And, you know, again, like—it was interesting.  I am a veteran of many a protest, I confess, from my radical days in college.  And this was unlike most of the ones that I went to in college.  There are lots of people in suits and ties.  There were a surprising number of children being forced to hold propaganda that had to do with holding their future for ransom, or don‘t teabag me, teabag—you know, I don‘t want to be teabagged, teabag someone else.

I don‘t know if there are laws about using children in that way in a district, but you know, the whole thing got broken up by police anyway.  I don‘t think it was kids.  I guess it was the bomb scare.

MADDOW:  Well, it was broken up by police after somebody threw something on to the White House lawn?  Is that right?

COX:  Yes, someone threw tea bags on the White House lawn—which, of course, you know—yes, the fine granular substances thrown at the White House, that seems like something—somebody—there‘s something, there was a rumor at some point that someone—oh, yes.  Terrorists.


COX:  Terrorists were going to do that.  And in fact, it was a little bit of fun.  They had to send—they send out their robot, the Secret Service sent out their robot that undoes bombs, the bomb-sniffing robot, I guess.  And the robot came and, you know, discovered it was simply tea.  And—but by that time, the protesters had pretty much disbanded and I, of course, went to teaism as a show of solidarity, to demonstrate.


MADDOW:  Well, some—I mean, there was—people wanted to teabag the Treasury Department and they didn‘t think to get a permit to do so, and so, they couldn‘t do that.  They threw the tea bags on the White House lawn, not expecting that that would break up their protest.  The million tea bags couldn‘t be dumped on Lafayette Square because they didn‘t have a permit.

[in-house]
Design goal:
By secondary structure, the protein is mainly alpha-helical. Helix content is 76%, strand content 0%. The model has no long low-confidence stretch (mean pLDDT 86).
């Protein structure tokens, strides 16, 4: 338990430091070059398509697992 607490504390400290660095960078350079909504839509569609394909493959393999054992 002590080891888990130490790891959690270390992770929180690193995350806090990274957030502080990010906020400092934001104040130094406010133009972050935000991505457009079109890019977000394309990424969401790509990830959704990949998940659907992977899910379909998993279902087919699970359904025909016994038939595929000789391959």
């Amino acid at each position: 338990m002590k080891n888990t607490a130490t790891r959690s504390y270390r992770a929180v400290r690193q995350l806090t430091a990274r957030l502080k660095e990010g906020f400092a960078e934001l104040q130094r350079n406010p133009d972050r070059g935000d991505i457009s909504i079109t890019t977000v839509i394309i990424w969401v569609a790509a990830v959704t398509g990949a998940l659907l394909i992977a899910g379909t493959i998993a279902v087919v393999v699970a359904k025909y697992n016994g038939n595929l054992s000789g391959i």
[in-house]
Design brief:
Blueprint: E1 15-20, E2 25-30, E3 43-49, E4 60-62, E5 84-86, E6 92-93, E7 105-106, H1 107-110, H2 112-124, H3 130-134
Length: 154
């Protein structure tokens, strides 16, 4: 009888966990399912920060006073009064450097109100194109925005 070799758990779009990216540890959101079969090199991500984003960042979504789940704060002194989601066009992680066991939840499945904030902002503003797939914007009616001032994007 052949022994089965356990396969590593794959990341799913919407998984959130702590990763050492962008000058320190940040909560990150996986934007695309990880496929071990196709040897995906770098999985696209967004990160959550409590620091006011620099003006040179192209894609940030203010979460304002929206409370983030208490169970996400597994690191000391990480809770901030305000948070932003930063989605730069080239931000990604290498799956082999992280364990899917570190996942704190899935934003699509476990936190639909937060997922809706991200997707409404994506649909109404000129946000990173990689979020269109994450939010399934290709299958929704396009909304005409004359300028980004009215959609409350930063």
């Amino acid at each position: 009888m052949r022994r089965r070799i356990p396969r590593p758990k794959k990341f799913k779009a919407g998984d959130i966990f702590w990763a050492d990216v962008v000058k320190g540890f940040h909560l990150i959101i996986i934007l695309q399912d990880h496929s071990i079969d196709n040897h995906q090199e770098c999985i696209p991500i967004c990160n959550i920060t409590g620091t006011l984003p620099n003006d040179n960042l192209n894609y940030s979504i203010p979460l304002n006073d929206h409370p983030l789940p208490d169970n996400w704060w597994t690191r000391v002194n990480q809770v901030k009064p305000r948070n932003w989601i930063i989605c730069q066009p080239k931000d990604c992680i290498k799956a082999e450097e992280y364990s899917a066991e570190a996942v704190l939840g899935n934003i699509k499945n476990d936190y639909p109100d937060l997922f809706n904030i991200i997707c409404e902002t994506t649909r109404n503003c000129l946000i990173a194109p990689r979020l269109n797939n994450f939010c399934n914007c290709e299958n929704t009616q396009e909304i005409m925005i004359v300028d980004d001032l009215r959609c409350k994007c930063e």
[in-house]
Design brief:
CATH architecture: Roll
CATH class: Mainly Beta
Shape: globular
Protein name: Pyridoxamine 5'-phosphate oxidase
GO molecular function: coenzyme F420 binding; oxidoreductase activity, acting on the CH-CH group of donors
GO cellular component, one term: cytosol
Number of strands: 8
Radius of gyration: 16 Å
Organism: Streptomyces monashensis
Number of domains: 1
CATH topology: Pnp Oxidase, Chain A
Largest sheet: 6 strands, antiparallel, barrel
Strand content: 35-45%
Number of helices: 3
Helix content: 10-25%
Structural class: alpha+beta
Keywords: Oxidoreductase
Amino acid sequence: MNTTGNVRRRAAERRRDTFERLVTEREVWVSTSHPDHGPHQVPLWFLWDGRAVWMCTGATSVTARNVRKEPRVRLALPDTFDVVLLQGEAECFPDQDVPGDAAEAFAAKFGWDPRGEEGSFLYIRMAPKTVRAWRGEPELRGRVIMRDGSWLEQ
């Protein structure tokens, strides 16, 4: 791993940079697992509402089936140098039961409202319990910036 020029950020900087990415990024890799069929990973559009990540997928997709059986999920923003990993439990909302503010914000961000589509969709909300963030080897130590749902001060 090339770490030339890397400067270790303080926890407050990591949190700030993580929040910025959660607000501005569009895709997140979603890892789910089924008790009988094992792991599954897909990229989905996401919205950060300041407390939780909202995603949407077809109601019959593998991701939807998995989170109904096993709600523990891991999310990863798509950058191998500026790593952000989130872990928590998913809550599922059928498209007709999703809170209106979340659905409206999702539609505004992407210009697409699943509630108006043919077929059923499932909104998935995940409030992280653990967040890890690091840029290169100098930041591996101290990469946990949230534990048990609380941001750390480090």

For that, it sort of felt like, this—and the joy and the enthusiasm to teabag, they just overlooked a lot of these important details that, right, that you would think you‘d need to be able to do in order to pull off a D.C. protest.

COX:  Well, you know, the thing is, I guess after you‘re in power for eight years, like you forget, you know, how to run a decent protest.  I‘m sure that they‘ll come up with some more and I bet they‘ll get more practice at it.  Although I would add another flaw in the plan—is all of these anti-tax rallies.  Many of them took place in parks, which are normally paid for with taxes unless they‘ve developed another way to, you know, have a park.

But the whole thing really felt—and also security provided by the police.  I can‘t afford a fire truck myself, I can‘t afford police myself.  I don‘t know what their solution is.

MADDOW:  Ana Marie, one last question for you.  I just—I was struck today by the fact that there was a teabagging protest at the Alamo.

COX:  Yes.  That was a—Glenn Beck was the headliner there.  And I -

you know, he has a problem with history in general.  A few days ago, he had a Thomas Paine impersonator come on and compare the stimulus package to 9/11.  So, that‘s a problem.

But I sort of actually—I‘m kind of glad.  Apparently, he thinks the Alamo is just a perfect place to start your revolution.  And so I wish him all the best.  And I also wish that someone at some point gets him a history book.

MADDOW:  Yes.  Time to fact check even the basic idea of what he‘s doing.

Ana Marie Cox, Air America‘s national correspondent, “Daily Beast” contributor, and our intrepid reporter at today‘s protest—thanks for joining us tonight.  Appreciate it.

COX:  Thank you, Rachel.